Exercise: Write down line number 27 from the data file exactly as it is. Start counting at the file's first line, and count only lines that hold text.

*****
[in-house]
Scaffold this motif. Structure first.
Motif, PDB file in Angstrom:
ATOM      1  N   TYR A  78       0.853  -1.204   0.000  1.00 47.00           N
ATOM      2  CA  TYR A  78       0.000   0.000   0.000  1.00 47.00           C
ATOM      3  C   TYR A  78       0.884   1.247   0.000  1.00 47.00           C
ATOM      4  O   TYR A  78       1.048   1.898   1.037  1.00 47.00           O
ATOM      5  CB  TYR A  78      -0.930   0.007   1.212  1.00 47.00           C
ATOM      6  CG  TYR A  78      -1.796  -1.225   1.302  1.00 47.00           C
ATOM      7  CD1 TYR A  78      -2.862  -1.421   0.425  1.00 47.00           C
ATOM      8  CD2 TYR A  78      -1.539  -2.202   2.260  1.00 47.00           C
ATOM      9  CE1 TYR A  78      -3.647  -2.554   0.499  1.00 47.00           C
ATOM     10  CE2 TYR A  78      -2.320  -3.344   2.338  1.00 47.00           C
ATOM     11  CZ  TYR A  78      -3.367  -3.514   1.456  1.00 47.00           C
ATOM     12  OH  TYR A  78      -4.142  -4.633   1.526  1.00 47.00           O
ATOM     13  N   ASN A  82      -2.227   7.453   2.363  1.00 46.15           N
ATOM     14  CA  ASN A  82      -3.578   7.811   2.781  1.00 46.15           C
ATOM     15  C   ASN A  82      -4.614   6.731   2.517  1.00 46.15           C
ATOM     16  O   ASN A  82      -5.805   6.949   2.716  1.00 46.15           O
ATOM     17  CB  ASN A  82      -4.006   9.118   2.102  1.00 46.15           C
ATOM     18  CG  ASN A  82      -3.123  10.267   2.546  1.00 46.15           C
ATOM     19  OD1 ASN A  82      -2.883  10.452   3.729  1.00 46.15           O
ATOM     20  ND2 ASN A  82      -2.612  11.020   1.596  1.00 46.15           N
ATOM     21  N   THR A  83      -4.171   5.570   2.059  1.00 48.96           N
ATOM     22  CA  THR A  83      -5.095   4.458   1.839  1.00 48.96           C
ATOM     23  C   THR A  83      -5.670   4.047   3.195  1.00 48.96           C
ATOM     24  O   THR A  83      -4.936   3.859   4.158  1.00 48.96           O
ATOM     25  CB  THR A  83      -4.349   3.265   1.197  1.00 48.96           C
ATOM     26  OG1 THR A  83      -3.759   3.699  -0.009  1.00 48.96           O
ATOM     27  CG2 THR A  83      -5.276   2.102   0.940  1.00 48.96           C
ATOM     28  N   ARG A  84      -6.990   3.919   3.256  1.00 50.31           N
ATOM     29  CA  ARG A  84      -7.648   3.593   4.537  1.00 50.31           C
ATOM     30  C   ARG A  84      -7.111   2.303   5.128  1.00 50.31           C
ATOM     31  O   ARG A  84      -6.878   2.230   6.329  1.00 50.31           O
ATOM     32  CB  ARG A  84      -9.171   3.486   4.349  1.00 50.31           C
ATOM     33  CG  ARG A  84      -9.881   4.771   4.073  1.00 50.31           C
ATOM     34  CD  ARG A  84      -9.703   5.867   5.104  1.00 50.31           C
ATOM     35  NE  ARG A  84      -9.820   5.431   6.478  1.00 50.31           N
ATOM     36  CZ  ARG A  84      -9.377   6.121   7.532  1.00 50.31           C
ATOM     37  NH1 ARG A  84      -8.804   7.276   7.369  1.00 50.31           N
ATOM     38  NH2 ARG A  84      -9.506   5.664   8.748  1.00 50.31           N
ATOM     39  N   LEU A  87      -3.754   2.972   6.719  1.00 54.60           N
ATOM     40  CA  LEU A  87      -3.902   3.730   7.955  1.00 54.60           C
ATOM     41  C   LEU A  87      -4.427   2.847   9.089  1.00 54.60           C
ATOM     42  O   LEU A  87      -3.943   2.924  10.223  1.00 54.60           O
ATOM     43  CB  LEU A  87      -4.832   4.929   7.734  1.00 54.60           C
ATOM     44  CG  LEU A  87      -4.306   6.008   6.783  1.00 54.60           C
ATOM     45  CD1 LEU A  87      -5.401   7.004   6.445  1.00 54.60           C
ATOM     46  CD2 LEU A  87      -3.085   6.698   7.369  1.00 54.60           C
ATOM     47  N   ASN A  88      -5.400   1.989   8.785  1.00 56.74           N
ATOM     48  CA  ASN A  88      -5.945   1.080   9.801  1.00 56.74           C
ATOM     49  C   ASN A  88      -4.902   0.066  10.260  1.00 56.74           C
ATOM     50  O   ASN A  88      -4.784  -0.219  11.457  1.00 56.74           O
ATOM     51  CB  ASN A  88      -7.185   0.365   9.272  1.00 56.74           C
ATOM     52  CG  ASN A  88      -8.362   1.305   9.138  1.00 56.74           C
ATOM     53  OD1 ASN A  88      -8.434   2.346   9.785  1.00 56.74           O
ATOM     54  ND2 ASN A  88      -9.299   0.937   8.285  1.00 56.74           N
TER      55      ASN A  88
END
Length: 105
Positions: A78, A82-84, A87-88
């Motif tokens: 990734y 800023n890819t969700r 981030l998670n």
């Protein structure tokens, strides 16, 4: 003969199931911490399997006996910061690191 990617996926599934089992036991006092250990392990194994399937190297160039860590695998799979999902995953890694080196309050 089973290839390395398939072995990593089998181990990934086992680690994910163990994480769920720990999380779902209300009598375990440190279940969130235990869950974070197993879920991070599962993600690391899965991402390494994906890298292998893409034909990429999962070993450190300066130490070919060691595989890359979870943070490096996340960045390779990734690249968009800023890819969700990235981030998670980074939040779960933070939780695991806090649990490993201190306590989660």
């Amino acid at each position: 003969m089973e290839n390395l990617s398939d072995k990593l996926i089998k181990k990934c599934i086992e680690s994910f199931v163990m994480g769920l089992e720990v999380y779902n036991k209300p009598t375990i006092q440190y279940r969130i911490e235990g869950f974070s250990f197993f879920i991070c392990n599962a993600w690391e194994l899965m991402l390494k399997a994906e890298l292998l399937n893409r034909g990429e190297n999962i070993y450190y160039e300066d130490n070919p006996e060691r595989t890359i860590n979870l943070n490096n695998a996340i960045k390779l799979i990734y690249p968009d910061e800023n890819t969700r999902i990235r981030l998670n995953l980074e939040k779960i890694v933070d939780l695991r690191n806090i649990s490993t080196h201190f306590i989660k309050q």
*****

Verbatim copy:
ATOM     24  O   THR A  83      -4.936   3.859   4.158  1.00 48.96           O